One of the best films I saw in 2007 was Sidney Lumet’s Before the Devil Knows You’re Dead. The best film of last year was In Bruges. And, the two best movies I’ve seen so far this year have been A Serious Man, the latest effort from the Coen brothers, and Spike Jonze’s Where the Wild Things Are. Disparate movies, all of them, but they have one element in common: the music.
The composer is Carter Burwell, and apart from scoring the best films of the last three years, his music has been unrivaled in its evocation of the proper tone and mood in the pictures for which he writes. Bar none, he is the best working composer in Hollywood right now.
I mention it because the new Sandra Bullock vehicle, Blind Side, arrived in theatres this weekend. It performed quite well. You can find my review of the film elsewhere on this page. As you may have guessed, Burwell wrote the music for this movie as well.
Now, Blind Side is not even Burwell’s best work this year, but Burwell shines through the sentiment, works his way through the sap, and comes out clean on the other end. His work on the movie is a wonderful example of how film music can be perfect but not appropriate. Let me be clear, however, this is not a criticism but a compliment.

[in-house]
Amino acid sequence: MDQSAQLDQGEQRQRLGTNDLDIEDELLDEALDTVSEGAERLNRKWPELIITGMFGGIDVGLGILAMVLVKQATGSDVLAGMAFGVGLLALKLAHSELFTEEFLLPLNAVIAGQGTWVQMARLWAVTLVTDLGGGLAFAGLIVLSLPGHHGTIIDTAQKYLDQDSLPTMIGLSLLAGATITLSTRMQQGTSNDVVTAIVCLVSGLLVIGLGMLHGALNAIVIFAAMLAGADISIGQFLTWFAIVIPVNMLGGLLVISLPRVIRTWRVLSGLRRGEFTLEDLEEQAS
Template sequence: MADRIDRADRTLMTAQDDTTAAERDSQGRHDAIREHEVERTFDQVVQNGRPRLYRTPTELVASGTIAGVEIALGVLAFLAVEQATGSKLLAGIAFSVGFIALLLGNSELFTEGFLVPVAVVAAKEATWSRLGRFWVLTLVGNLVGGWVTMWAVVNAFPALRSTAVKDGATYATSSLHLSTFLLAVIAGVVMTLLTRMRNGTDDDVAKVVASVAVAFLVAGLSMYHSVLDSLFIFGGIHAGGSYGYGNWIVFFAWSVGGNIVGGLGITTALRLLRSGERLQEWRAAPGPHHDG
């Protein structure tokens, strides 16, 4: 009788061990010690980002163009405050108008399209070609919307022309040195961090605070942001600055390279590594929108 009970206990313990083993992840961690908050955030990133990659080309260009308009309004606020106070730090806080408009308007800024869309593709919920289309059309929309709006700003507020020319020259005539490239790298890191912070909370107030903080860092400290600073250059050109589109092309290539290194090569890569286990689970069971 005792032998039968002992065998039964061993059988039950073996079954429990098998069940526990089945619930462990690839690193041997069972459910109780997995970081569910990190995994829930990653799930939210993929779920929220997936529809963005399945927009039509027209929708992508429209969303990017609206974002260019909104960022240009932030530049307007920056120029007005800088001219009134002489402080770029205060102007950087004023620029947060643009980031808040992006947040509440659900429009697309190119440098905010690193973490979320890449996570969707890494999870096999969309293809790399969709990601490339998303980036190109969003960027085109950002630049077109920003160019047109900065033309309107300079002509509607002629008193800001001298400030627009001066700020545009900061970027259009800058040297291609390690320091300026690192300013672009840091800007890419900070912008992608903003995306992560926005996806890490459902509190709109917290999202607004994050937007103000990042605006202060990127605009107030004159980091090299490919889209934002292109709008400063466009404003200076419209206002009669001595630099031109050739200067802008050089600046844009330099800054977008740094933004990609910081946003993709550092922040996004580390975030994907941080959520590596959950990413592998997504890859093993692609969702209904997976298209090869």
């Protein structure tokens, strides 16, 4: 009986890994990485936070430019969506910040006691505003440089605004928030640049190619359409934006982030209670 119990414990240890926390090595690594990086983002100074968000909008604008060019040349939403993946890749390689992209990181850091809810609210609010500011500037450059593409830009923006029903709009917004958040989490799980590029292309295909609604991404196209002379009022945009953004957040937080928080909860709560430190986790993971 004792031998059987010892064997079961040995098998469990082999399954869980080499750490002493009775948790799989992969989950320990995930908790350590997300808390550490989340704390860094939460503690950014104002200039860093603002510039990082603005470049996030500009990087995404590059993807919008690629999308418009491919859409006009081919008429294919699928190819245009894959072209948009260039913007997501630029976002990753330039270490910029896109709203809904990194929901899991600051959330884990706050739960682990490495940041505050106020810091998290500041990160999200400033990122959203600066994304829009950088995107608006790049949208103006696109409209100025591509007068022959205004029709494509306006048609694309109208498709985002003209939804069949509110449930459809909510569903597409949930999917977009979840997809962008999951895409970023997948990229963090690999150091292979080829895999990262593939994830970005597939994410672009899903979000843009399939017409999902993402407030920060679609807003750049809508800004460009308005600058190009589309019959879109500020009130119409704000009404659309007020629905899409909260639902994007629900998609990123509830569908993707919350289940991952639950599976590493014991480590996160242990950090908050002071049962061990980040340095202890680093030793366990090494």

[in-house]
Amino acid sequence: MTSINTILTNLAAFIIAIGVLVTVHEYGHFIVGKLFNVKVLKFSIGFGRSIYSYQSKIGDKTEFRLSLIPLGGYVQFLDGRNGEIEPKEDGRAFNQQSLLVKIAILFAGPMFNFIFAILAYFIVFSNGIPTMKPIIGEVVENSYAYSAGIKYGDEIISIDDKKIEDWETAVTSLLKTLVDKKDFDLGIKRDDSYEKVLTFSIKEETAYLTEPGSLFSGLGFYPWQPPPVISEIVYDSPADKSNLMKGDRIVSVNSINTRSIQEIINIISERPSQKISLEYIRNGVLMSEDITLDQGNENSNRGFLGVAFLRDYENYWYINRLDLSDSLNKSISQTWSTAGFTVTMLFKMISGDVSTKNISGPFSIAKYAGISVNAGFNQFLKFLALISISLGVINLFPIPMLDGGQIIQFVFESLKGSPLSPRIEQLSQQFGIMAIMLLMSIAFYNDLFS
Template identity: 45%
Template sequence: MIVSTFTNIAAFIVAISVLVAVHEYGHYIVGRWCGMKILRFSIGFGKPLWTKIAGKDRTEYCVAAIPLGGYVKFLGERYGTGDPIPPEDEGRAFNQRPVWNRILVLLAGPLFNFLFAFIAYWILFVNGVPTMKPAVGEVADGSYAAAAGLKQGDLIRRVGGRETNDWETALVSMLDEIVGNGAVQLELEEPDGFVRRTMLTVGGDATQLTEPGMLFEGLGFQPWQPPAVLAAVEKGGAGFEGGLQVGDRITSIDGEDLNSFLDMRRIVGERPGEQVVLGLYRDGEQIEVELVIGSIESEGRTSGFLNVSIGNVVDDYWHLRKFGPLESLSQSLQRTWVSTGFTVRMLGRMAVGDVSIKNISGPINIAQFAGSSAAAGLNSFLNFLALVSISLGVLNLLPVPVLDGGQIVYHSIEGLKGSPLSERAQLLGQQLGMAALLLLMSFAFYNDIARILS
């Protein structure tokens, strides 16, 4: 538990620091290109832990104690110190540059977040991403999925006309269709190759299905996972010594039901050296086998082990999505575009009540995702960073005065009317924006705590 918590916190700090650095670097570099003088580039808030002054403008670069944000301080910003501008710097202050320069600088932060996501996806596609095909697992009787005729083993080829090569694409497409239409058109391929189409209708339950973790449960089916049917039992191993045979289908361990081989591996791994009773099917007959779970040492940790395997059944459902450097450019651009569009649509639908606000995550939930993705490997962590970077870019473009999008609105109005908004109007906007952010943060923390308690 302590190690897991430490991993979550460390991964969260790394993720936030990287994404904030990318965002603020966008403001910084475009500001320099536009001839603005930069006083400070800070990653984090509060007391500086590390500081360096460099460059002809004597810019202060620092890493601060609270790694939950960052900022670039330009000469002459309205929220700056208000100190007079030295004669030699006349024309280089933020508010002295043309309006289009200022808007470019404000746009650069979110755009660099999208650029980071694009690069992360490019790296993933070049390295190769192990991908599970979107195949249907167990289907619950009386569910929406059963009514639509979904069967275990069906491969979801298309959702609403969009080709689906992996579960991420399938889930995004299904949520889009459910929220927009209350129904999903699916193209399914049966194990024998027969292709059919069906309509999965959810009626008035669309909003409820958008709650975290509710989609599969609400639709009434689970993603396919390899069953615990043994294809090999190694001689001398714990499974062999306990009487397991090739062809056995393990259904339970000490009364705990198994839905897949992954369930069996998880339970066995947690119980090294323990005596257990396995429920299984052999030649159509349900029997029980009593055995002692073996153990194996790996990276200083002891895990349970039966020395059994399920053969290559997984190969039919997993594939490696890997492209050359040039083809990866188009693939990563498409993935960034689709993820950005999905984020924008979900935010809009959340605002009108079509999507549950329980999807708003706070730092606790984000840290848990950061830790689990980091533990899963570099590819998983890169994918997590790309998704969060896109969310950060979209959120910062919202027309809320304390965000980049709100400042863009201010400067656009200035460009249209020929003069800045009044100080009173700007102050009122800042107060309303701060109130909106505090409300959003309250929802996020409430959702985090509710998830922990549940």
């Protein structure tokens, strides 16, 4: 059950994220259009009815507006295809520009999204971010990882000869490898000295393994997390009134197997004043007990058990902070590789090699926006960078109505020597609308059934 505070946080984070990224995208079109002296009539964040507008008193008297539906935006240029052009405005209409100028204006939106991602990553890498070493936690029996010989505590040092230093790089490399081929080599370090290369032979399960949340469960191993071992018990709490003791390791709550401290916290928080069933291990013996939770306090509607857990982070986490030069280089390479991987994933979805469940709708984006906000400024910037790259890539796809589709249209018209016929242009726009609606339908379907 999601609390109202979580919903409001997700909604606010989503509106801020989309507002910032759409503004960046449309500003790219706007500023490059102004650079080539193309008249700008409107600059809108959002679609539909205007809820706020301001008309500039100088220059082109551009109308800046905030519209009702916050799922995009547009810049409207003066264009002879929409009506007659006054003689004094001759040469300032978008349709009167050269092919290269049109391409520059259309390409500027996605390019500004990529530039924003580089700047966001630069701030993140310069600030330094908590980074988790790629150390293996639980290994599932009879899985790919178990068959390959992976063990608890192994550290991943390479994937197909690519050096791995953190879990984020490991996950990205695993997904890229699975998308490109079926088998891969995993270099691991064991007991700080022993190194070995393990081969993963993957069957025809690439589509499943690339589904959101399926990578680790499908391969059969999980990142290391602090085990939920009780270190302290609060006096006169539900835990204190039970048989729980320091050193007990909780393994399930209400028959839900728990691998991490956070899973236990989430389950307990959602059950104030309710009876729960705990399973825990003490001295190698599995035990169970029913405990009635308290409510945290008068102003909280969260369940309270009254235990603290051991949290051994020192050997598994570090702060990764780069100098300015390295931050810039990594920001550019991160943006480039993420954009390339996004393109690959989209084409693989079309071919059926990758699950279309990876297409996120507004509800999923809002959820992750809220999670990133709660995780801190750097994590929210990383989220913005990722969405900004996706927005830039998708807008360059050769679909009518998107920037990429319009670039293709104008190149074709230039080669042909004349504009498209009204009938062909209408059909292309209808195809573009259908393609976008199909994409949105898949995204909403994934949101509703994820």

Allow me to define my terms. When looking at movie like Blind Side, one expects to find hope, uplift, not but a little bit of tragedy, and in the end, happiness. Also, if you were unaware, it is a sports movie. Given these attributes, one would expect to hear rising, swelling strings, full crescendos and decrescendos. This would be appropriate.
Appropriate music lets the audience know how it should be feeling in a given moment. If the main character is being ripped away from his mother, the music should be in a minor key with low horns and an ominous percussive beat. For the moment when the main character makes the big play in the big game, we should hear the strings of hope and the trumpets of triumph. The Flying High theme from Rocky is the perfect example of this kind of music.
There is nothing wrong with appropriate music. If there were, of course, it wouldn’t be appropriate. But, film music can rise above this level, and Burwell almost always does. Burwell writes perfect music.
While appropriate music guides the audience, perfect music soothes the audience. Perfect music assumes nothing. Perfect music plays to the emotions present on the screen and in the story. It does not add emotion where none is needed or where it is already there.
Burwell’s score for Blind Side shows intuition and restraint, two qualities lacking in so much modern film music. He has written the music for three films that have come out in the last three months. So, here’s hoping he keeps up the pace, and filmgoers get a new Burwell score every month.